It was somewhere I never imagined I would be. As the woman in scrubs turned her key to lock the door behind us, we faced a corridor with rooms on each side. Rooms filled with white-sheeted beds and hopeless women - the psychiatric ward of our local hospital.
We had come to speak to someone neither of us had ever met but my companion had been requested to visit. Not wishing to come alone, she - a sister in Christ and member of our church - asked me for my company. After a lengthy walk around the hospital's perimeter and questioning multiple employees, we had finally found ourselves in front of this one-story building with its doorway of painted green metal bars.
The woman in scrubs hesitated and questioned who we were before allowing us to enter. Calling out the name of the person we were supposed to visit, she soon nodded to a woman who - somewhat confused but seemingly pleased - stepped out to greet us.We proceeded down the hallway to a sitting area. Trying not to stare, yet in my peripheral vision I caught glimpses of women lying listlessly on beds, some apparently alert while others appeared completely unaware or uncaring of their surroundings. Through one door a woman lay asleep or unconscious, a patterned bandana shielding her eyes from the world.
Our new acquaintance was curious and eager to speak with us. She shared her belief in God and her hope that with our coming and reading His Word to her, she would finally be freed from this place. Without prompting, she insisted on sharing her story of the traumatic events that had led here here. Her loneliness was evident as she often rested her head on my companion's shoulder and hugged her neck. Her thirst for God's Word was clear as well. I would read a chapter or several verses and pause, only to be urged to continue reading more.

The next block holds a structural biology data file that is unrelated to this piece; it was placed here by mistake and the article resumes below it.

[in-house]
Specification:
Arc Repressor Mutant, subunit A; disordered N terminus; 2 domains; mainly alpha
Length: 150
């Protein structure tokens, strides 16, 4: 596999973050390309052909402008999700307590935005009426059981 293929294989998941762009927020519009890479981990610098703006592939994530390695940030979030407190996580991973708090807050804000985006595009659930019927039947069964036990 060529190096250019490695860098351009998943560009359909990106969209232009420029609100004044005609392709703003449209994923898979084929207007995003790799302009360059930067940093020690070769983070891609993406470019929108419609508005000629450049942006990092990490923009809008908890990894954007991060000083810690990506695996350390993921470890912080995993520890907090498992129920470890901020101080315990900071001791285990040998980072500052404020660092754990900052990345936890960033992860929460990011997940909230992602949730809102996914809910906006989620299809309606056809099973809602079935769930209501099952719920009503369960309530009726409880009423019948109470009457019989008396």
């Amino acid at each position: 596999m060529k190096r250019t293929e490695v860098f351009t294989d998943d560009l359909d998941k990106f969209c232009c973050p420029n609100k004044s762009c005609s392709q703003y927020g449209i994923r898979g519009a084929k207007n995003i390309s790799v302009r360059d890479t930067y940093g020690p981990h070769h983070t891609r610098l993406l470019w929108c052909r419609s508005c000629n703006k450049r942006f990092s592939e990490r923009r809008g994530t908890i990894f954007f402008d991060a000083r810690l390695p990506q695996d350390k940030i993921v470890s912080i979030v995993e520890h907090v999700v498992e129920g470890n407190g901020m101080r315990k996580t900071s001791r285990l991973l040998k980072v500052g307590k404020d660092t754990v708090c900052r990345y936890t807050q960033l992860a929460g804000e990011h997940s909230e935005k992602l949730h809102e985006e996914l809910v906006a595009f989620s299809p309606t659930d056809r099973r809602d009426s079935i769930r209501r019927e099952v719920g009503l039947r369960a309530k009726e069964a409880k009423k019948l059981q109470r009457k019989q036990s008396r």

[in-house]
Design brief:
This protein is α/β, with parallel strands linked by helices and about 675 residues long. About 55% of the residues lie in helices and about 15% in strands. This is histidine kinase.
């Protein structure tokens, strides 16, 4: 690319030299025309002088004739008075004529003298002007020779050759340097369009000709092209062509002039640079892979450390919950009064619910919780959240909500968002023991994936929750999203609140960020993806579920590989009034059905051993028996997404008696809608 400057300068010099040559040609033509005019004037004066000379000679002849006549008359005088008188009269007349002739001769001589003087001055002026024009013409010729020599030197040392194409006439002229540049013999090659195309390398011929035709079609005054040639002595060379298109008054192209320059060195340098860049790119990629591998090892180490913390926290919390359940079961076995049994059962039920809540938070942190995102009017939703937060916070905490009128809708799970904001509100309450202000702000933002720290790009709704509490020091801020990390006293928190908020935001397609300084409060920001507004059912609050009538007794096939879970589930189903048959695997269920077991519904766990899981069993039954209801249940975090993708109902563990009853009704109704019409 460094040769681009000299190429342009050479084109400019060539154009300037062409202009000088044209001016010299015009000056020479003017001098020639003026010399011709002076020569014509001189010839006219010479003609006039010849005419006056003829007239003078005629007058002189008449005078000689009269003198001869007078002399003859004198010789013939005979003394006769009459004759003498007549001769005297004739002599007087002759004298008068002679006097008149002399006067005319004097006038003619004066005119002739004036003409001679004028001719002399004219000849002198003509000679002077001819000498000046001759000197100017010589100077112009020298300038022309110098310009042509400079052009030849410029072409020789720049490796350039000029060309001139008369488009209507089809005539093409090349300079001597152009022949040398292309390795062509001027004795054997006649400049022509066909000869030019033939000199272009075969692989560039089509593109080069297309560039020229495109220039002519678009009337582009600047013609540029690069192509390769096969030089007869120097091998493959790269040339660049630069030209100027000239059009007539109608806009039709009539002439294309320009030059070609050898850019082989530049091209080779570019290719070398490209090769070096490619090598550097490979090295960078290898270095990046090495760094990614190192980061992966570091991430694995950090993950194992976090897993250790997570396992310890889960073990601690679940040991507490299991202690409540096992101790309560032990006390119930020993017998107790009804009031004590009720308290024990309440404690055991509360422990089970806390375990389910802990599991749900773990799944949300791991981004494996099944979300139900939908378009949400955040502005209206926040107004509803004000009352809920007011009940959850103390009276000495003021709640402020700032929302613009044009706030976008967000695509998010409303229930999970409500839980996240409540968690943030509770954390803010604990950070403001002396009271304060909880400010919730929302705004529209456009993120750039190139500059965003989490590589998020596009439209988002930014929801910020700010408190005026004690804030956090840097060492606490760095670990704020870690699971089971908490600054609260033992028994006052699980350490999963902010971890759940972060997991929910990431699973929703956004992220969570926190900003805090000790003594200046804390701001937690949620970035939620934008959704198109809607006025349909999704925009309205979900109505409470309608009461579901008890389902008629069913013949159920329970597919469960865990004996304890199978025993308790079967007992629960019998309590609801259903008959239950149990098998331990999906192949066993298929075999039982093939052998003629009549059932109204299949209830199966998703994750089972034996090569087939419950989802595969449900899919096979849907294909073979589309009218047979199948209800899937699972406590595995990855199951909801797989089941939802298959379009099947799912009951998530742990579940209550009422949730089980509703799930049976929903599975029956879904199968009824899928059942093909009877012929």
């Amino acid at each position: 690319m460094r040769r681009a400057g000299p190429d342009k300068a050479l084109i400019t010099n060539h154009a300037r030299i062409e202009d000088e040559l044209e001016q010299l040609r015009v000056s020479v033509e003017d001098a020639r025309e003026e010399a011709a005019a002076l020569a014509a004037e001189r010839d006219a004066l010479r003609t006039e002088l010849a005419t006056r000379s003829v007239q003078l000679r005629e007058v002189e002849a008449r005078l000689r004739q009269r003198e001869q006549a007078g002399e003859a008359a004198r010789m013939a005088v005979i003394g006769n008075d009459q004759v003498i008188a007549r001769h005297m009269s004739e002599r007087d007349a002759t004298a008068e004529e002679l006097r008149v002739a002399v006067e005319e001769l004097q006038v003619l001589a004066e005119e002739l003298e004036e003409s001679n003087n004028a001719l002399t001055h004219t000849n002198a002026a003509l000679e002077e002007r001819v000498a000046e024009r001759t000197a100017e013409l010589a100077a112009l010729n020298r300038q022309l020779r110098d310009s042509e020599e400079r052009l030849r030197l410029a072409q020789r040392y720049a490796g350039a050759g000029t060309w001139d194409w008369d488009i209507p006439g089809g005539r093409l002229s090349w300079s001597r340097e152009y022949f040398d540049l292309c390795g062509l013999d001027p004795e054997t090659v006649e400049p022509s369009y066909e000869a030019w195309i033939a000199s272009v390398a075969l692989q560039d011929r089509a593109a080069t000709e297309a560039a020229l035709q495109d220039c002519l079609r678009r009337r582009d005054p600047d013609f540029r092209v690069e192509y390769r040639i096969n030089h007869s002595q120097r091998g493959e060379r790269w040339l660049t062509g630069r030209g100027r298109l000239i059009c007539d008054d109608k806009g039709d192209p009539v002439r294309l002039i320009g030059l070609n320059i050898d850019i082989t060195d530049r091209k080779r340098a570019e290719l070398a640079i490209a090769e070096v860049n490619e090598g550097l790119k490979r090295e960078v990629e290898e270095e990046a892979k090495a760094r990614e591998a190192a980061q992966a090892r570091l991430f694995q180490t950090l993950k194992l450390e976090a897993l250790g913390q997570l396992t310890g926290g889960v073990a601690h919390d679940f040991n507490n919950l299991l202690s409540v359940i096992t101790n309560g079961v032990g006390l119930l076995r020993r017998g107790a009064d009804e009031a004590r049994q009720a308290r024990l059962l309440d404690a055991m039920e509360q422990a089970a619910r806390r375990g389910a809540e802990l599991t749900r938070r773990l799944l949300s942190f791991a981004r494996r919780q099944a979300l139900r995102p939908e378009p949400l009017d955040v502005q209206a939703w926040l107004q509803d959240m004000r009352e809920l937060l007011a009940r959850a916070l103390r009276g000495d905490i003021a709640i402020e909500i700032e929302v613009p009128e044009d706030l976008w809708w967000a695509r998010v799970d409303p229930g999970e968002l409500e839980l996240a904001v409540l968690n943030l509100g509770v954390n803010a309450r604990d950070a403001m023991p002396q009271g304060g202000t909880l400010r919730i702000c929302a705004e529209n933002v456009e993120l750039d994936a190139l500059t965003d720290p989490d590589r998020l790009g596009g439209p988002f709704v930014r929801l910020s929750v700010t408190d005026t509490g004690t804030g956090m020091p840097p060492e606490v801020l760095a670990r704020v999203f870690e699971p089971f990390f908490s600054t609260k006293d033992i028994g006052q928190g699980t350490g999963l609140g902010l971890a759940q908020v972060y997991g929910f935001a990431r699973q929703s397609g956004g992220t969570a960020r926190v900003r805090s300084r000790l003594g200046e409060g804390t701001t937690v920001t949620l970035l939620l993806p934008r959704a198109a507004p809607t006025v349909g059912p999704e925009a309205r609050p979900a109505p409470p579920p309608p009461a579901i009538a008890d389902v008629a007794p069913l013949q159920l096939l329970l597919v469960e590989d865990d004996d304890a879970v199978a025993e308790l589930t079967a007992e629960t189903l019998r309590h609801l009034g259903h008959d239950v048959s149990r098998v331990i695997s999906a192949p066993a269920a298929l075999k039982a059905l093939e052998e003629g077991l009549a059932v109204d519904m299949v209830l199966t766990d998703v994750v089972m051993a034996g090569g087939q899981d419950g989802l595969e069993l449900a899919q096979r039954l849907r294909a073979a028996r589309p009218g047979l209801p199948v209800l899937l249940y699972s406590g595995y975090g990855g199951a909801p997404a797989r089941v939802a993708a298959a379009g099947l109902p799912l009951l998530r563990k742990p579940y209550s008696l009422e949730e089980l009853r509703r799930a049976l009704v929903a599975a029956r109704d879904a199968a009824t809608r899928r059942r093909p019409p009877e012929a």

"This is the Word of God?" she asked more than once in her slow, slurred speech. Then she would nod and smile as if reassured, and lean back to listen some more. At one point she asked us to sing praises. As we did she attempted to follow along, always echoing a beat behind.
Perhaps the most poignant moment of our visit was when a mother and father with their young adult daughter approached. I had noticed them before, painfully present with their child as she tried weakly to eat her evening meal. While we sang they sat down nearby and the daughter, obviously wounded in mind and body, attempted with cracked voice and broken memory to sing along. After two choruses she sighed and said she was tired and must lay down. I watched as her parents carefully carried away what must be only a shell of the daughter they obviously loved.
The mindless nuisance of a television soap opera and the senseless singing on a secular station did nothing to encourage the atmosphere around us. It was the saddest place. How could anyone hope to recover there with Christ-less care? We said our goodbyes and left with heavy hearts and a promise to return. Already plans are in place for several of our young ladies from church with hearts of compassion to visit our new friend once again. Whether God is opening a new door of long-term ministry remains to be seen but while we can, we will serve. May Jehovah Rapha be our guide!